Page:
Days later, the messenger returned.
“Lord, in no great house of this province does any young man know the song. But in a nearby village I found a man who sings it, a fisherman named Truong Chi. I have brought him to the palace.”
“A fisherman?” said the mandarin in disbelief. “Let me see him.”
The messenger brought him in. The fisherman stood uneasily, his eyes wide as they cast about the richly furnished room.
For a moment, the mandarin was too astounded to speak. The man was neither young nor handsome. His clothes were ragged and he stank of fish. Certainly no match for my daughter! thought the mandarin. Somehow, she must not realize . . . .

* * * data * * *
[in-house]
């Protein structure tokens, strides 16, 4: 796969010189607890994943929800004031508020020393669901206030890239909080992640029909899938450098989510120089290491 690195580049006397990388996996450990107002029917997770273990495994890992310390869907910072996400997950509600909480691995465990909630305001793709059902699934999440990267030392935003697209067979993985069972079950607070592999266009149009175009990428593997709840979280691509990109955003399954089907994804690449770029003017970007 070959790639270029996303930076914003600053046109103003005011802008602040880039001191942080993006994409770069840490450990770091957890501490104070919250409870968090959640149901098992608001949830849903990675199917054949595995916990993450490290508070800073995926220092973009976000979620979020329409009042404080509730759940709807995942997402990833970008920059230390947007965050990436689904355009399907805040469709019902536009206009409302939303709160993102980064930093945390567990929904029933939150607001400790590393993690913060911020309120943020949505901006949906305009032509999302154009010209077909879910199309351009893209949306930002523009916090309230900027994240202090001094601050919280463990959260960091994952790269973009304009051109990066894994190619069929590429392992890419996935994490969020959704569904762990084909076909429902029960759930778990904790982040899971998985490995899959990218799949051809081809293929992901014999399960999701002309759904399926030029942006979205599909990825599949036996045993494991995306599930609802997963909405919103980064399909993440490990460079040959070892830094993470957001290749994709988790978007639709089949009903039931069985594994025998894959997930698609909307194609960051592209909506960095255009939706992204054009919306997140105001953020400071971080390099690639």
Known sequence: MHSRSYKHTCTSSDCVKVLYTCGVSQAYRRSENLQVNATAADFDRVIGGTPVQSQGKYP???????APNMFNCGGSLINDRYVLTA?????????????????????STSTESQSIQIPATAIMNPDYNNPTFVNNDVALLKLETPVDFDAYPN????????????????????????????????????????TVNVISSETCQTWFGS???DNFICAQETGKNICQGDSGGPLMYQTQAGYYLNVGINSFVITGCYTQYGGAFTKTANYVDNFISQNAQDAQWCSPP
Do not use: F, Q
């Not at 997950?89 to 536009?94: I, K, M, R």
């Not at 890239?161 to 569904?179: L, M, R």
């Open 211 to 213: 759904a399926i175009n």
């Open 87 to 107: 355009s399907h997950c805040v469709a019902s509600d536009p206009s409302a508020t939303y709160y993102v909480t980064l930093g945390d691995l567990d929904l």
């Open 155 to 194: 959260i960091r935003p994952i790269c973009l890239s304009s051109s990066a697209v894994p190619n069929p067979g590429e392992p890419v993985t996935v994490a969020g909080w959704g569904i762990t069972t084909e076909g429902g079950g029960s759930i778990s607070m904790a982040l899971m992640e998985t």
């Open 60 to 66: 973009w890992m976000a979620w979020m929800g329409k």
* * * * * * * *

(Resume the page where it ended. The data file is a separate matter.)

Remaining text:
He gave his order to the messenger. “Bring the fisherman to my daughter’s door and have him sing his song.”
Soon Truong Chi stood anxiously outside the young lady’s room. He could not understand why they’d brought him here. What could they want? He was just a fisherman, wishing only to make an honest living. He had hurt no one, done nothing wrong!
At the messenger’s signal, he nervously started to sing.
My love is like a blossom in the breeze.
My love is like a moonbeam on the waves.
In the room beyond the door, Mi Nuong’s eyes flew open. “He’s here!” she cried to her maid. “How can that be? Oh, quickly, help me dress!”
Mi Nuong jumped from her bed. Never had she so swiftly clothed herself, put up her hair, made herself up. By the time the song drew to a close, she looked like a heavenly vision in flowing robes.
“Now, open the door!” she said, trying to calm her wildly beating heart.